Future of safety rests beyond compliance
Employing competent supervisors key to your OHS program, says expert
Marcel Vander Wier
The dawn of a new decade means the future of safety is now the present, according to Michelangelo LaSelva, senior business developer with Workplace Safety and Prevention Services (WSPS) in Mississauga, Ont.
Presenting at HRPA 2020 in Toronto on Jan. 22, he said going forward, the best companies will push for safety measures that go beyond minimum standards set out in legislation.
Over the past two years, court judgments have revealed that an organization’s best defence is to implement proactive safety measures.
“You’ve got to go beyond what is just bare minimum,” said LaSelva.
He urged companies to enrol in the WSIB’s new Health and Safety Excellence program and pursue ISO 45001 accreditation as the gold standard for health and safety.
Building an accredited health and safety program requires time and money, but properly built, it could be a “lifeline,” said LaSelva, noting courts look favourably at employers who attempt to do everything reasonable.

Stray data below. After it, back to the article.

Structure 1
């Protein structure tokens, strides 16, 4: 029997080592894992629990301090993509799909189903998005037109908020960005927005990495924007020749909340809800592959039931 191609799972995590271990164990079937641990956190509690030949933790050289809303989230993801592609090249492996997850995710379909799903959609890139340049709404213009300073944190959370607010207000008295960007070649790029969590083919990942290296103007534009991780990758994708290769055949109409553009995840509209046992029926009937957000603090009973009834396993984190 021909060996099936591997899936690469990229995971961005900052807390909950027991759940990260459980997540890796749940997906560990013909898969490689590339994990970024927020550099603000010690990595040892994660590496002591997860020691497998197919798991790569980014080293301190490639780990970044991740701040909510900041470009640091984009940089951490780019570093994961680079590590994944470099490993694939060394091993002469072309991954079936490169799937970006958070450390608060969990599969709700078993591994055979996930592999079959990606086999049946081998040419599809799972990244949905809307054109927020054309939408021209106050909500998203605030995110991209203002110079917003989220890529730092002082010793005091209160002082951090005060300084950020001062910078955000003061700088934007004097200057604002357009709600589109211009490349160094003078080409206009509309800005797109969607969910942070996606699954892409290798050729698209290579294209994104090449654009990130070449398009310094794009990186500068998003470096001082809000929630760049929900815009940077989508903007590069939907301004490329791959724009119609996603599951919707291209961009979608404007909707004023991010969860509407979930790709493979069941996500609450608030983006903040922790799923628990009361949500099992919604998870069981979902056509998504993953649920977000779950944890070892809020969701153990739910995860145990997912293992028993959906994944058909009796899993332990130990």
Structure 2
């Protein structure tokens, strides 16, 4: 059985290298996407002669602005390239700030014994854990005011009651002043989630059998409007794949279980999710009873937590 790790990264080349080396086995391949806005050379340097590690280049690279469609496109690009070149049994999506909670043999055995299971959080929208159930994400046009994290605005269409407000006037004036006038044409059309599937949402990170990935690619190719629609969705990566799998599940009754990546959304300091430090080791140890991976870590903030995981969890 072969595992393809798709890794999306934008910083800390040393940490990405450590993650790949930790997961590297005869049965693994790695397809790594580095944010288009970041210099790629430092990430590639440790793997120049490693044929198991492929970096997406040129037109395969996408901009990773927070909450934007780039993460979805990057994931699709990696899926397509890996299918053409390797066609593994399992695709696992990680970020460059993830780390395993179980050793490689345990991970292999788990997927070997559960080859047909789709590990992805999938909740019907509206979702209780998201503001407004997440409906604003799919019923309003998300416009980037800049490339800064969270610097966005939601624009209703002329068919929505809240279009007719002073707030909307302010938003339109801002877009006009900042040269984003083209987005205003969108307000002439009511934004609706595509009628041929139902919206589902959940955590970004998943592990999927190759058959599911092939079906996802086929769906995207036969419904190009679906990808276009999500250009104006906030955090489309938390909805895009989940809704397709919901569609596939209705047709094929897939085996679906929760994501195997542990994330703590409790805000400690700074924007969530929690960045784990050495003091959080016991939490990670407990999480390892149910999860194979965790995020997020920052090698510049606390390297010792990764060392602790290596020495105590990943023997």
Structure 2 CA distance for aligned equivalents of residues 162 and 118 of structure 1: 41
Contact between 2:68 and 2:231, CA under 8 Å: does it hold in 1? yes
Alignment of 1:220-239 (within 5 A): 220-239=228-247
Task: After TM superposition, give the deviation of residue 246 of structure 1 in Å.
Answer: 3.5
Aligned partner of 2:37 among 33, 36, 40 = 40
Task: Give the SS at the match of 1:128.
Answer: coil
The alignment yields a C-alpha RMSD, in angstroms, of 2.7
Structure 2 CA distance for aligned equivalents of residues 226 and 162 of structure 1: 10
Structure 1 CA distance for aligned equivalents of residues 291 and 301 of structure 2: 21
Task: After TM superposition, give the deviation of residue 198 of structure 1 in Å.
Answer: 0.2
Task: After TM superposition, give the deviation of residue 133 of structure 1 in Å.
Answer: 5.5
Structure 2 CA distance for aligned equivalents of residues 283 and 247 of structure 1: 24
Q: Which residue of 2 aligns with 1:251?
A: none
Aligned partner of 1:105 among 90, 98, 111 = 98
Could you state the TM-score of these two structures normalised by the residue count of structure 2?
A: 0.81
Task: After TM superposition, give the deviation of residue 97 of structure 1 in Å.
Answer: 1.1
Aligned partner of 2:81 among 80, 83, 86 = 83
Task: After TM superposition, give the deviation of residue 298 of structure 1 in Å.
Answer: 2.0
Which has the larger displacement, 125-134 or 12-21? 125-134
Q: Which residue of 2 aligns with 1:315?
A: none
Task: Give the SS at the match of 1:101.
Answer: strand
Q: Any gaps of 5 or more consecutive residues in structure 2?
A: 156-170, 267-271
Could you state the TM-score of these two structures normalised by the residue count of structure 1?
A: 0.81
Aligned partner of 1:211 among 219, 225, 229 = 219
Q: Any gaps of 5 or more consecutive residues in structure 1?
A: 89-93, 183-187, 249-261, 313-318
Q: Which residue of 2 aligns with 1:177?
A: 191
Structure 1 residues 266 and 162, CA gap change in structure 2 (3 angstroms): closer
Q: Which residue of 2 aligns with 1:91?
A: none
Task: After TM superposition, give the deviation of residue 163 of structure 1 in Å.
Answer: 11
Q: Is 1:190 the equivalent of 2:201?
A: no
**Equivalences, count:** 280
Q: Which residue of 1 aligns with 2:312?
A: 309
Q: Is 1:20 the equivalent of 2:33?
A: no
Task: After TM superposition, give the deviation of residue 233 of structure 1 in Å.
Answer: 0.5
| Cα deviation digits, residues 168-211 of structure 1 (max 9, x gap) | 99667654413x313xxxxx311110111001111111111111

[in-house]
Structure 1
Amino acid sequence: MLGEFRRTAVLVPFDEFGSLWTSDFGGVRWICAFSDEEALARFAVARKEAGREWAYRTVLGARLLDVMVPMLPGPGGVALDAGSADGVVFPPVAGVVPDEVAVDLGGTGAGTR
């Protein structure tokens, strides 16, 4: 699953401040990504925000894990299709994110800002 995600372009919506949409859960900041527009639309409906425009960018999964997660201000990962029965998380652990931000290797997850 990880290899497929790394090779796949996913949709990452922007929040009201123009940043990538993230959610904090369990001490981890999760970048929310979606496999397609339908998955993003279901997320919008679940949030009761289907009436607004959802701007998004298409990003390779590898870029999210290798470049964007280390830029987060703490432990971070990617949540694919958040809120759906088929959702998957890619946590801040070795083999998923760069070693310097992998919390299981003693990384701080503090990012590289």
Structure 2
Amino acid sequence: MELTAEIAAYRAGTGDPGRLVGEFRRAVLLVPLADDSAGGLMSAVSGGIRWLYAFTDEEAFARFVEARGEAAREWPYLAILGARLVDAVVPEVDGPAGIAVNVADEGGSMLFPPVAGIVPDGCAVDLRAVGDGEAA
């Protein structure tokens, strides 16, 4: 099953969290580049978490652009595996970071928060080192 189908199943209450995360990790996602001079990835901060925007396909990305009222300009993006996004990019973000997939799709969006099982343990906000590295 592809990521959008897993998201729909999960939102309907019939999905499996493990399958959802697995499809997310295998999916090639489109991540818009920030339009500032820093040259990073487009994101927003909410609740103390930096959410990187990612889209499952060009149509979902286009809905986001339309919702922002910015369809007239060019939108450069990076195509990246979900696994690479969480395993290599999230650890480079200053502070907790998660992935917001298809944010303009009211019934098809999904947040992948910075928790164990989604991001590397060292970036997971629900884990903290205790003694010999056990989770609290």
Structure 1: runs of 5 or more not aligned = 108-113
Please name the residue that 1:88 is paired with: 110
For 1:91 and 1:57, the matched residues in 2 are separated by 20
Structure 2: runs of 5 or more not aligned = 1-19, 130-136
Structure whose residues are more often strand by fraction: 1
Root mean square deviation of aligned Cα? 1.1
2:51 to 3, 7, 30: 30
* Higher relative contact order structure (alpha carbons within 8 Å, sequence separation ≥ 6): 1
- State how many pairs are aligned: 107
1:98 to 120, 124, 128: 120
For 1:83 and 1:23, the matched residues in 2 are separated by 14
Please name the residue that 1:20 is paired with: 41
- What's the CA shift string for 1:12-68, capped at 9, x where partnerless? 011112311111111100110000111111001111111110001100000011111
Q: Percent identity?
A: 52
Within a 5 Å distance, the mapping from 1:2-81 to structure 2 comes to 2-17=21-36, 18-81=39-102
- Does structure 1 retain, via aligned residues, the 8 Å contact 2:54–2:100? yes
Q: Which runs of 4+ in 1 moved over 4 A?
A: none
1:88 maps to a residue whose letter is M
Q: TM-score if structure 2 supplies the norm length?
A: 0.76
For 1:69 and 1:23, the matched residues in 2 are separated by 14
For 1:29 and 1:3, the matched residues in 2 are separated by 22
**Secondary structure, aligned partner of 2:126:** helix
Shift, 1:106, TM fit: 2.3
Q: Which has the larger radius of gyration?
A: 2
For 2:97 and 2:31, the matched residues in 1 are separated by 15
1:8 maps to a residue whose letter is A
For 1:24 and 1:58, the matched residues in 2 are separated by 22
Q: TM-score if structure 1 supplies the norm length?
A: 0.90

Development of a standard safe operating procedure must be completed in partnership between HR and OHS, he said.
“It’s amazing how HR and health and safety are intertwined (now).”
Build competent supervisors
Employing able supervisors is “key to your program,” said LaSelva, noting that if a manager is not trained on the OHS Act and associated regulations, that company is immediately below compliance.
As courts begin to levy charges against organizations, supervisors and workers, it is essential that supervisors understand company policy and procedure, he said.
“That’s today’s world. That supervisor is vital to your program.”
Recognition of impairment and potential human rights violations are also critical for management to be aware of, said LaSelva.
“Welcome to health and safety 2020,” he said. “This is the future. It is now.”
Ensuring your organization has an up-to-date health and safety compliance registry alongside a hazard identification and risk assessment is basic procedure, said LaSelva.
“Without these two, you do not have a solid health and safety program and you cannot defend yourself in the court of law.”
This story has been updated for accuracy.